Recent radiobiological studies have provided convincing evidence that low-energy X-rays used in mammography are approximately four times – but probably even six times – more effective in causing mutant harm than X-rays of more energy. Since the current risk assessment of radiation is based on the effects of gamma radiation of high energy, this implies that the risks of radiation-induced by radiation for mammographic X-rays are underestimated by the same factor.

In other words, the radiation risk model used to determine whether the benefits of breast screening in asymptomatic women outweigh their harm underestimates the risk of mammography of breast cancer and related types of cancer between 4-600%.

The authors continued

Risk assessments for radiation-induced cancer – mainly derived – are based on the effects of high-energy gamma-radiation and hence the implication is that the risks of radiation-induced arterial cancer may arise from mammography higher than on the basis of standard risk assessments.
This is not the only study that demonstrates mammographic X-rays that are more carcinogenic than atomic bomb spectra radiation. There is also a huge amount of data on the lack of X-ray mammography.

In a systematic review of the 2009 Cochrane Database, also known as Gotzsche and Nielsen Cochrane Reviev, entitled “Screening for Breast Cancer with Mammography”, the authors found small statistical justifications for mass breast projections:

Screening caused up to 30% excessive diagnosis and excessive treatment, or an absolute increase in the risk of 0.5%. This means that for every 2,000 women invited to screening for 10 years, they will have a prolonged life, and 10 healthy women who would not be diagnosed if there was no screening will be unnecessarily treated. Moreover, more than 200 women will experience significant psychological difficulties over several months due to false positive findings. Therefore, it is not clear whether the screening is more good than harm.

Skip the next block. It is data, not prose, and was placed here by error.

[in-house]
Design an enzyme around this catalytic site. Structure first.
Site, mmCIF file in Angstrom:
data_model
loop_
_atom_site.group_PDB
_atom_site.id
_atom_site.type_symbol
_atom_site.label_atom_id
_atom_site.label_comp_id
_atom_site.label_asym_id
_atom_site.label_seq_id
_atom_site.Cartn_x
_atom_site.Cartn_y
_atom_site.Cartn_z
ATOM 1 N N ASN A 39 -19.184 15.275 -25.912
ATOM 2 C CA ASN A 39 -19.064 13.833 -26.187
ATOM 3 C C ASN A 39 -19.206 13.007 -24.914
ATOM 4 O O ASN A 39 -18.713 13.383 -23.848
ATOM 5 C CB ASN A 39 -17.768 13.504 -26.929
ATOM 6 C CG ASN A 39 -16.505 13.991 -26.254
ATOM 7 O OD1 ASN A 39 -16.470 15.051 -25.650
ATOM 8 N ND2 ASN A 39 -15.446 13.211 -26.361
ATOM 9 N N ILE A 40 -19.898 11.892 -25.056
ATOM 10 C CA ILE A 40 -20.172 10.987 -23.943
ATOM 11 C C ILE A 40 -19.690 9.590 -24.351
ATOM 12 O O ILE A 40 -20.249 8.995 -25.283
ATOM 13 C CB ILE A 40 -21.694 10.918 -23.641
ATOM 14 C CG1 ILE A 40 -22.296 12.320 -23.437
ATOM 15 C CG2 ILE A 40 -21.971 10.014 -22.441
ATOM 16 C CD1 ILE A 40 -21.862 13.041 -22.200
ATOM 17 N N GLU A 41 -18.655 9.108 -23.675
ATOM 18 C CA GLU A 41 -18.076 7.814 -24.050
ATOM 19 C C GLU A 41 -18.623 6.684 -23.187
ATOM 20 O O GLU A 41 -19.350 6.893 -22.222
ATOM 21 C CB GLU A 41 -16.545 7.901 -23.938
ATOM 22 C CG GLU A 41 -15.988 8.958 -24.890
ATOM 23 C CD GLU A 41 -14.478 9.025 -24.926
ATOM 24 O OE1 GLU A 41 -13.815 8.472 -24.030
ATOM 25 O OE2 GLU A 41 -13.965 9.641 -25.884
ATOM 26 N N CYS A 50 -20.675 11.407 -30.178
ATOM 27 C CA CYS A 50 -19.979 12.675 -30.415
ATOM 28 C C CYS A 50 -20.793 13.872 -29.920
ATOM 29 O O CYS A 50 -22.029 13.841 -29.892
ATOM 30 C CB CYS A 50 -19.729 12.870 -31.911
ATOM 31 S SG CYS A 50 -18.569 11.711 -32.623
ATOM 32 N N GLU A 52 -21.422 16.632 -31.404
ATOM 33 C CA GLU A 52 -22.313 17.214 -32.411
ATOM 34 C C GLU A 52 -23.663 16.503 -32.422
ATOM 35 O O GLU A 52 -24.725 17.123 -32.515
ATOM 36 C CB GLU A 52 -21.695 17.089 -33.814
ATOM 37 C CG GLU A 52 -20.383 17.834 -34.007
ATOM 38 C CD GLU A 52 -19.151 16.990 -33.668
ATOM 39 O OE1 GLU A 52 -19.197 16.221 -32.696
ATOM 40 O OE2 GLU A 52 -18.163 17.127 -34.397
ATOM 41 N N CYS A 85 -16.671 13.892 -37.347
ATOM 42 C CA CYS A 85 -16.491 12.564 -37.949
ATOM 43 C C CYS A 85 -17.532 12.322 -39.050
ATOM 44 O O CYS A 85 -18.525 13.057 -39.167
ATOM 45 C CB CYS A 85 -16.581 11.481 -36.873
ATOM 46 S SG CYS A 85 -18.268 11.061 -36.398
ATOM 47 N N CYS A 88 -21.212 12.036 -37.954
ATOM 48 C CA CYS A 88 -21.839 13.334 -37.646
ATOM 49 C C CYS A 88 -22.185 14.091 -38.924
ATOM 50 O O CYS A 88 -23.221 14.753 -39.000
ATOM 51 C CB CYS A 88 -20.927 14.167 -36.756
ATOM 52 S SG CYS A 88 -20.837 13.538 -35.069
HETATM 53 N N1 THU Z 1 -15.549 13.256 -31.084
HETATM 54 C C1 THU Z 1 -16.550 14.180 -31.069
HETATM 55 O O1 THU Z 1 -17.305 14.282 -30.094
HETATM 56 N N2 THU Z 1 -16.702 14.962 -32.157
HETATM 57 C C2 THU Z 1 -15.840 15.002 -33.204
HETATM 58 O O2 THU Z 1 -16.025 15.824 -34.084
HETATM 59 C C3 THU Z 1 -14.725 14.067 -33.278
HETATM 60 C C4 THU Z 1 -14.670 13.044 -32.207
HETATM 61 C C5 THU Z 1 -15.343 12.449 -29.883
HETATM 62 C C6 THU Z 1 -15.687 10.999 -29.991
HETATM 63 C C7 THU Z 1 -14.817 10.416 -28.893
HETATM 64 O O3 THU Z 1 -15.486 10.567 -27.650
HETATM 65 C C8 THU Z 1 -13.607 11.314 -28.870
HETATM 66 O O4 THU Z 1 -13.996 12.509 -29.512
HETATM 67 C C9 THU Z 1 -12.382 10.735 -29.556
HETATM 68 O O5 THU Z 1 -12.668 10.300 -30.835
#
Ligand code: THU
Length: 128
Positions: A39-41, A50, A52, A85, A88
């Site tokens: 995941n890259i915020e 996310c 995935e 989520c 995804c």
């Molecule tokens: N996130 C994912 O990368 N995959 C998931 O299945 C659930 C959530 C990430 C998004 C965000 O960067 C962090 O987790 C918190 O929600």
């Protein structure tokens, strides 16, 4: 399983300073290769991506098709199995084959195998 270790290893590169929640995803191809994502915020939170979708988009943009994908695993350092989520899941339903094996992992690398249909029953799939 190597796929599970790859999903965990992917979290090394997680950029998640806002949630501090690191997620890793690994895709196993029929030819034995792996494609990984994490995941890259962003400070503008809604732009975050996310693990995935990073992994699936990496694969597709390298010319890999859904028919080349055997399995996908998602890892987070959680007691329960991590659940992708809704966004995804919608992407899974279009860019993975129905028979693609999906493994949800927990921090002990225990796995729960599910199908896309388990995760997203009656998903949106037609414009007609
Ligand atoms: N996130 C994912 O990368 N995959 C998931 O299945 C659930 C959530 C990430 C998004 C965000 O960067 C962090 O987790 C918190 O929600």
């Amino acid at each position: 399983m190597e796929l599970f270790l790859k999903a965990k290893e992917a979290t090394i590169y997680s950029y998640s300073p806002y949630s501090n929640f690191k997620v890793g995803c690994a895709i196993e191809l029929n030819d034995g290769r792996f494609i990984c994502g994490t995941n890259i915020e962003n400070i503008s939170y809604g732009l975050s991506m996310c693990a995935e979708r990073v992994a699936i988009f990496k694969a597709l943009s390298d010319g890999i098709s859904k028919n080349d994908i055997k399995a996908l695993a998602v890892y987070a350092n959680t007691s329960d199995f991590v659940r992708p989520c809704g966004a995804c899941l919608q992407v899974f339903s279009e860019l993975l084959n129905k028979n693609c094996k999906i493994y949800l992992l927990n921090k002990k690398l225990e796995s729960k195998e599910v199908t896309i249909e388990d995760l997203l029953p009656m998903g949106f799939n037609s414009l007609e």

In this review, the basis for estimating unnecessary treatment was a 35% increased risk of surgery in women who had undergone screening. Many operations, in fact, were the result of in situ (DCIS) cancer diagnosis, a “cancer” that would not exist as a clinically relevant entity, if not due to the fact that it can be detected via a x-ray  -mammograph. DCIS, in most cases, has no tangible lesion or symptoms, and some experts believe that it should be fully reclassified as a non-cancerous condition.

Suppose, therefore, that these reviews are correct, and that, at the very least, projections do nothing good, and in the worst case, they cause more harm than good. The main question, however, is how much more harm than benefits? If we take into account that, according to the Journal of the National Cancer Institute (2011), a mammography uses 4 mSv of radiation compared to the .02 mSv of your average X-ray (200 times more radiation) and then we factor in 4-600% higher genotoxicity/carcinogenicity associated with specific “low-energy” wavelengths used in mammography, it is very possible that beyond the epidemic of over-diagnosis and excessive treatment, mammography planted seed radiation of cancer in the chests of millions of women.

Low-wavelength cause double fractures within the DNA-sensitive cells, which the cell can not repair. Over time, these mutations lead to “neoplastic transformation”; radiation has the ability to induce a cancerous phenotype in formerly healthy cells that have similar Cancer Stem Cells (CSC).

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